The report features a sad selection of quotes from players who have witnessed and suffered abuse. One Korean man defined toxicity: “People who continue to create and spread slander and abuse among the community.” An American woman said: “Use of inappropriate language and slurs.” A British man said: “Targeting individual players on a regular basis in order to harass, break down or humiliate them.”

Genre warfare

Different kinds of games attract varied levels of bad behavior. Players say they are more likely to experience toxicity in shooting games (51 percent), sports games and racers (49 percent) and battle royales (44 percent) than card and deck building games (23 percent), puzzlers (29 percent) and adventures (30 percent).

Players are clear about the features and oversight they want to see in multiplayer games. A man in the UK said that there ought to be “clear rules for players’ behavior in the game to prevent malicious behavior or inappropriate communication that harasses players”. A woman in the U.S. said she expects “responsible community moderators who can interact with players”.

Unity has its own stake in effective moderation. The report highlights the company’s own Safe Voice AI tool which it claims gives studios and moderators “the insights they need to take action and tackle toxicity in their games”.

The report says that AI is bound to play a bigger role in moderation, as the technology sharpens. “The rise of toxic behavior has created a growing need for ways to moderate more quickly and effectively. Technology is helping to address this challenge, enabling both proactive monitoring and player-initiated actions. By collecting evidence of toxicity and giving context about incidents, AI-powered tools are empowering players and human moderators to take action and make informed decisions”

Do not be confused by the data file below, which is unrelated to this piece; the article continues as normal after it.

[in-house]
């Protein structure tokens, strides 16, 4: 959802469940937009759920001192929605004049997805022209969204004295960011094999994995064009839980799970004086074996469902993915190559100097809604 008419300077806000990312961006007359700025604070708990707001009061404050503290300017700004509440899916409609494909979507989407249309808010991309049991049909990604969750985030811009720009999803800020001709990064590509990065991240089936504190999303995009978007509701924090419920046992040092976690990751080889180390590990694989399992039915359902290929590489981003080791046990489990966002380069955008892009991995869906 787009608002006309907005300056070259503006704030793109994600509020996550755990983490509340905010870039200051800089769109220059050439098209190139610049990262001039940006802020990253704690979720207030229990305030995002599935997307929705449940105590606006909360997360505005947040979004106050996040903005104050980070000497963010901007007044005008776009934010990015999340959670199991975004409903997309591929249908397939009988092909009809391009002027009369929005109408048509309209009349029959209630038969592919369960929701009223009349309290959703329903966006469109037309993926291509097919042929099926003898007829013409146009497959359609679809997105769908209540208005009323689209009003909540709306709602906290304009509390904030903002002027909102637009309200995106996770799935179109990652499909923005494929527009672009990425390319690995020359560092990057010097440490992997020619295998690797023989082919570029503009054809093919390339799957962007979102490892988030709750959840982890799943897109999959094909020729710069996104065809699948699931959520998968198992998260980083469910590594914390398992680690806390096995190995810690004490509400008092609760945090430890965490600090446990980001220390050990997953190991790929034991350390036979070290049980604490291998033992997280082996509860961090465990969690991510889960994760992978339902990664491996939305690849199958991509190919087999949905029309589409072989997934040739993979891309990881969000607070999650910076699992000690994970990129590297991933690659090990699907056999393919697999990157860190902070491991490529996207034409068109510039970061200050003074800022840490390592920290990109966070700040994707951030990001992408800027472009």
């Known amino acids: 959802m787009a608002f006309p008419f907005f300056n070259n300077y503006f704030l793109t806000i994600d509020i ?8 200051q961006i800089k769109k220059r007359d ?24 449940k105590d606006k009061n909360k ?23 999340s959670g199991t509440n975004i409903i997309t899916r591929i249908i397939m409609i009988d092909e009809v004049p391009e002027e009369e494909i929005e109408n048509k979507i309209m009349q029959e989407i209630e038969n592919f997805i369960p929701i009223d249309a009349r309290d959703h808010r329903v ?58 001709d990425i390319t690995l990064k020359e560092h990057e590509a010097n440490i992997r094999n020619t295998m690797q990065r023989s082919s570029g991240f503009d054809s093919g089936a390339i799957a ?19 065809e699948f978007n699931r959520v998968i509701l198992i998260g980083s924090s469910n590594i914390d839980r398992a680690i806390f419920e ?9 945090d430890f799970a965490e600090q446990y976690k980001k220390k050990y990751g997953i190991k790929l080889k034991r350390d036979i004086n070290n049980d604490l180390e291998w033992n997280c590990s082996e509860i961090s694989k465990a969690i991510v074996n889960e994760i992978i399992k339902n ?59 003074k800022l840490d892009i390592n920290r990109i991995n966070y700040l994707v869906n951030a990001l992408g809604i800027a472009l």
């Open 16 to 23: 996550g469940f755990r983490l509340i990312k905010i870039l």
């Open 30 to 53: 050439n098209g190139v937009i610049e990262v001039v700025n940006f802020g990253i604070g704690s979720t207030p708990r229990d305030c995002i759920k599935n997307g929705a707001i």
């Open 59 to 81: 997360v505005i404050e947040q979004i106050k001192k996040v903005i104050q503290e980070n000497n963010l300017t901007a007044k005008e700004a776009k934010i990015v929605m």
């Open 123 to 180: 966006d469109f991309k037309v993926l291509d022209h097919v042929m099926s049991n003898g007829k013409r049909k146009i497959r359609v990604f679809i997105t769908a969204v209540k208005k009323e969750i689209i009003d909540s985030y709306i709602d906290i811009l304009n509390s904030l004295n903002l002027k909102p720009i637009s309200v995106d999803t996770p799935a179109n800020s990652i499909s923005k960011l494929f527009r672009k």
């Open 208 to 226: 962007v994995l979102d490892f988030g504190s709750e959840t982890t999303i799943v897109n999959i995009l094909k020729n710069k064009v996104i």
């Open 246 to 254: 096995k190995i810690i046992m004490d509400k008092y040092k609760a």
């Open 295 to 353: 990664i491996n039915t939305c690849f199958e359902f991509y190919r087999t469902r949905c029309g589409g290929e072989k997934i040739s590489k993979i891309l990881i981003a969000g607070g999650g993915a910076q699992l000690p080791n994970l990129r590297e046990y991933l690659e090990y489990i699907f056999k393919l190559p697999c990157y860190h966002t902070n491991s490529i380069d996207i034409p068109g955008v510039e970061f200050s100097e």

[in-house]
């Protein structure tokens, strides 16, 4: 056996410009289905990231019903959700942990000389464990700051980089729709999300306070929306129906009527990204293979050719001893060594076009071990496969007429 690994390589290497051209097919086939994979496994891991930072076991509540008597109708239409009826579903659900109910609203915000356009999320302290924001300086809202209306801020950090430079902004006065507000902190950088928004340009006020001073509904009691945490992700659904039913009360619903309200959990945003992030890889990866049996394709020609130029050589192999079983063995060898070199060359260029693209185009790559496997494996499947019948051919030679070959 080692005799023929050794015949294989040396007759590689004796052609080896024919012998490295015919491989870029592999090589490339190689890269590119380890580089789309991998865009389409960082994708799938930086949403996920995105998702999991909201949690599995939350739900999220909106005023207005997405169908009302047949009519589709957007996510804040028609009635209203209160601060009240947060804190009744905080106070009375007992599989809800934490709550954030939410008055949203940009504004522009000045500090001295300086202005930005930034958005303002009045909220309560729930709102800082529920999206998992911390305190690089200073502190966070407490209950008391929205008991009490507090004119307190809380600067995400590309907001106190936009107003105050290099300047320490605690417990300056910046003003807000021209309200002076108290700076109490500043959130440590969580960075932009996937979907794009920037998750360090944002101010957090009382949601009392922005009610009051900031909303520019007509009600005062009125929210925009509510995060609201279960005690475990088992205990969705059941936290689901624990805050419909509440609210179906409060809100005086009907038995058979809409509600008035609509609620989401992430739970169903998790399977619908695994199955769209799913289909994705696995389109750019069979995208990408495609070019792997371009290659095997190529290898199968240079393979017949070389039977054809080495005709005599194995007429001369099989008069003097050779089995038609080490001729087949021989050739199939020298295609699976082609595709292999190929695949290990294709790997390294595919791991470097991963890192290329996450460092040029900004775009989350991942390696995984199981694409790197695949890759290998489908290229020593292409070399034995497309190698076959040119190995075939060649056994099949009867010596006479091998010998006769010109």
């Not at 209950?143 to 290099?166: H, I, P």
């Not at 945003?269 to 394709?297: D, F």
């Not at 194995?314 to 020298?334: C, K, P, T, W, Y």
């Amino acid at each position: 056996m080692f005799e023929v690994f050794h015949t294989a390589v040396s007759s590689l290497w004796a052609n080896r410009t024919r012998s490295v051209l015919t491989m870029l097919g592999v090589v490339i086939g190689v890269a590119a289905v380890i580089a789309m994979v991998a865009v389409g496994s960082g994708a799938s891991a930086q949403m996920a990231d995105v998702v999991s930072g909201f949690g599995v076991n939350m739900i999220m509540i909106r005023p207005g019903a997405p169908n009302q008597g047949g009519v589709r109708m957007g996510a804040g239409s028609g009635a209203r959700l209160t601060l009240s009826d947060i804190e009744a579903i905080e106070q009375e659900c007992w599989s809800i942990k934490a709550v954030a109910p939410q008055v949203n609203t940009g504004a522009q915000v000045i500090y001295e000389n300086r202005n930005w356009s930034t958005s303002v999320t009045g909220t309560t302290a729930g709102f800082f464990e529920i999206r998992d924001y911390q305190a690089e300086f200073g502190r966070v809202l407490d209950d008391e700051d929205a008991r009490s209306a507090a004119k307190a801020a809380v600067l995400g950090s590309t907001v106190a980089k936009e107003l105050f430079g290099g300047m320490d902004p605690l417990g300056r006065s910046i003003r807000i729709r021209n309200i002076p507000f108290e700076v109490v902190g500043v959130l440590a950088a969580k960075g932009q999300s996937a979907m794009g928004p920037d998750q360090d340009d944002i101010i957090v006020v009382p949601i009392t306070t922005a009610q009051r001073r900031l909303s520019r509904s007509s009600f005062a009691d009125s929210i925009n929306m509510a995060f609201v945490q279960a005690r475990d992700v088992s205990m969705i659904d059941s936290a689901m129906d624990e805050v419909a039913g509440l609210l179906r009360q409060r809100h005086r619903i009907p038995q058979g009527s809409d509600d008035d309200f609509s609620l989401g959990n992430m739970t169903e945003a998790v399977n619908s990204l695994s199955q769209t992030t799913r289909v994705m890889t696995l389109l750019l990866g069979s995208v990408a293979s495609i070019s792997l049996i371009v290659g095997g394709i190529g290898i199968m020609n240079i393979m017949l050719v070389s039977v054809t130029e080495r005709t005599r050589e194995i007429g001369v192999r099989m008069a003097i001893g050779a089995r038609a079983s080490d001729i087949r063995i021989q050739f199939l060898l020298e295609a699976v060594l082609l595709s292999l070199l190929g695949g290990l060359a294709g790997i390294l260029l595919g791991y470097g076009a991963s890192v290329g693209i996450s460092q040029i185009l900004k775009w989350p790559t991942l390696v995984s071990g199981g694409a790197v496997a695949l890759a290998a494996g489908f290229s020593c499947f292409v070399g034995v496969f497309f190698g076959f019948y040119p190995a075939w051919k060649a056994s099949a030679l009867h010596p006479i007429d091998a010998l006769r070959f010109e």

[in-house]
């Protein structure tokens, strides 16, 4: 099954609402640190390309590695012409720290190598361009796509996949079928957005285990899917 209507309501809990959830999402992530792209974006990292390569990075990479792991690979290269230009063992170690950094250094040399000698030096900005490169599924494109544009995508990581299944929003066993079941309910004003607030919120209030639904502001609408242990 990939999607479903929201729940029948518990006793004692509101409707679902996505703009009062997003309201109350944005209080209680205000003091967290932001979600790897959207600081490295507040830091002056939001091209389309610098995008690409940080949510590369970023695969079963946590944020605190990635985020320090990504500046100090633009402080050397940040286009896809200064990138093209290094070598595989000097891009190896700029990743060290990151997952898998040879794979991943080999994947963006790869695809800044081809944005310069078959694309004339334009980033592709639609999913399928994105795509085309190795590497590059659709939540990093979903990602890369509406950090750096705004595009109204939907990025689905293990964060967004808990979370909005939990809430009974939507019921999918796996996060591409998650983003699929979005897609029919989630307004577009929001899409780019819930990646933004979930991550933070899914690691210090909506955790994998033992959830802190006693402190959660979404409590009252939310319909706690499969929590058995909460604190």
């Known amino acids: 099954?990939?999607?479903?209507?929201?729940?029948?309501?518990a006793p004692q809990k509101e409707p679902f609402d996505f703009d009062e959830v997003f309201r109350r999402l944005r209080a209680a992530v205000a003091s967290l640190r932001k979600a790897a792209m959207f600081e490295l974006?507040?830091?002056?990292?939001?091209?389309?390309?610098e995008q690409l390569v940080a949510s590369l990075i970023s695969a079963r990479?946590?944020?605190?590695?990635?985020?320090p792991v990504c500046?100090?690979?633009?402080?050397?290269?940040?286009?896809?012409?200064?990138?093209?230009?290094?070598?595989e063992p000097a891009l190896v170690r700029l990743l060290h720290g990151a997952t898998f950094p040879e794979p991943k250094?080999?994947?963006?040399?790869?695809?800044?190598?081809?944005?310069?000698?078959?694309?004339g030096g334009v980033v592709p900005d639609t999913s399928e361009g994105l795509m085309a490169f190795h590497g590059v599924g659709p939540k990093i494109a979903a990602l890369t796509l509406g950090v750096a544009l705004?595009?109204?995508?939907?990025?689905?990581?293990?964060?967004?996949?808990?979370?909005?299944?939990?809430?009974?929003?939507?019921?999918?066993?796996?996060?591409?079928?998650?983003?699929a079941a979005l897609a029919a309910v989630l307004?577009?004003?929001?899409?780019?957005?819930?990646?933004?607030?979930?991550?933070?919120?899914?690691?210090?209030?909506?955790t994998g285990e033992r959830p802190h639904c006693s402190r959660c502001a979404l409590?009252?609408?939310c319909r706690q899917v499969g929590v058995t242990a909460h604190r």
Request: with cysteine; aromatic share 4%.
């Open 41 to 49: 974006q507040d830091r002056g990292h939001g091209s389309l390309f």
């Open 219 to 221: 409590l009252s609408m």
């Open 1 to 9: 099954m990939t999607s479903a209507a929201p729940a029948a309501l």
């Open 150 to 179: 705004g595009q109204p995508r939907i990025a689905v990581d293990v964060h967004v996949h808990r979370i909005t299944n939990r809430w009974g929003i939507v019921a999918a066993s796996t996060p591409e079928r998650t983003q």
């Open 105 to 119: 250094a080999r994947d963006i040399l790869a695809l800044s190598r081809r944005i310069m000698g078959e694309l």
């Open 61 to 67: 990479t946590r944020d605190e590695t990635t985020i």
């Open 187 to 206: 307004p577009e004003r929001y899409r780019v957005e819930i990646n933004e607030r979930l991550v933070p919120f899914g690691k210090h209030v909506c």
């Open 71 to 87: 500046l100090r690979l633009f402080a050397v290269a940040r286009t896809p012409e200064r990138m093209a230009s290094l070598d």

68 percent of players say they are willing to be audio recorded if it helps fight toxicity. “Recording comes with the perks of holding players accountable and having solid proof of behavior,” states the report. However, 89 percent of players “have concerns about being recorded,” saying they want to be assured that their information won’t be misused (43 percent) or sold (31 percent), that it’s safe from data leaks (34 percent), and that it won’t be used to target them for non-moderation purposes (31 percent).

Most developers (69 percent) believe that players are fine with being recorded, but only to reduce toxicity. 87 percent of developers agree that players need to feel that audio recording is only being used for the safety of the community, and to root out bad actors.

The report concludes: “The gaming industry must empower creators with solutions to tame disruptive behaviors and promote positive and engaging communities within games. Addressing toxicity requires a collaborative approach that involves tech companies, studios, publishers, platforms, players, and other stakeholders. Understanding why and how toxic attitudes develop is crucial for the continued growth and success of online gaming.”

You can download the full report here.

Colin Campbell

Colin Campbell has been reporting on the gaming industry for more than three decades, including for Polygon, IGN, The Guardian, Next Generation, and The Economist. © 2024 | All Rights Reserved.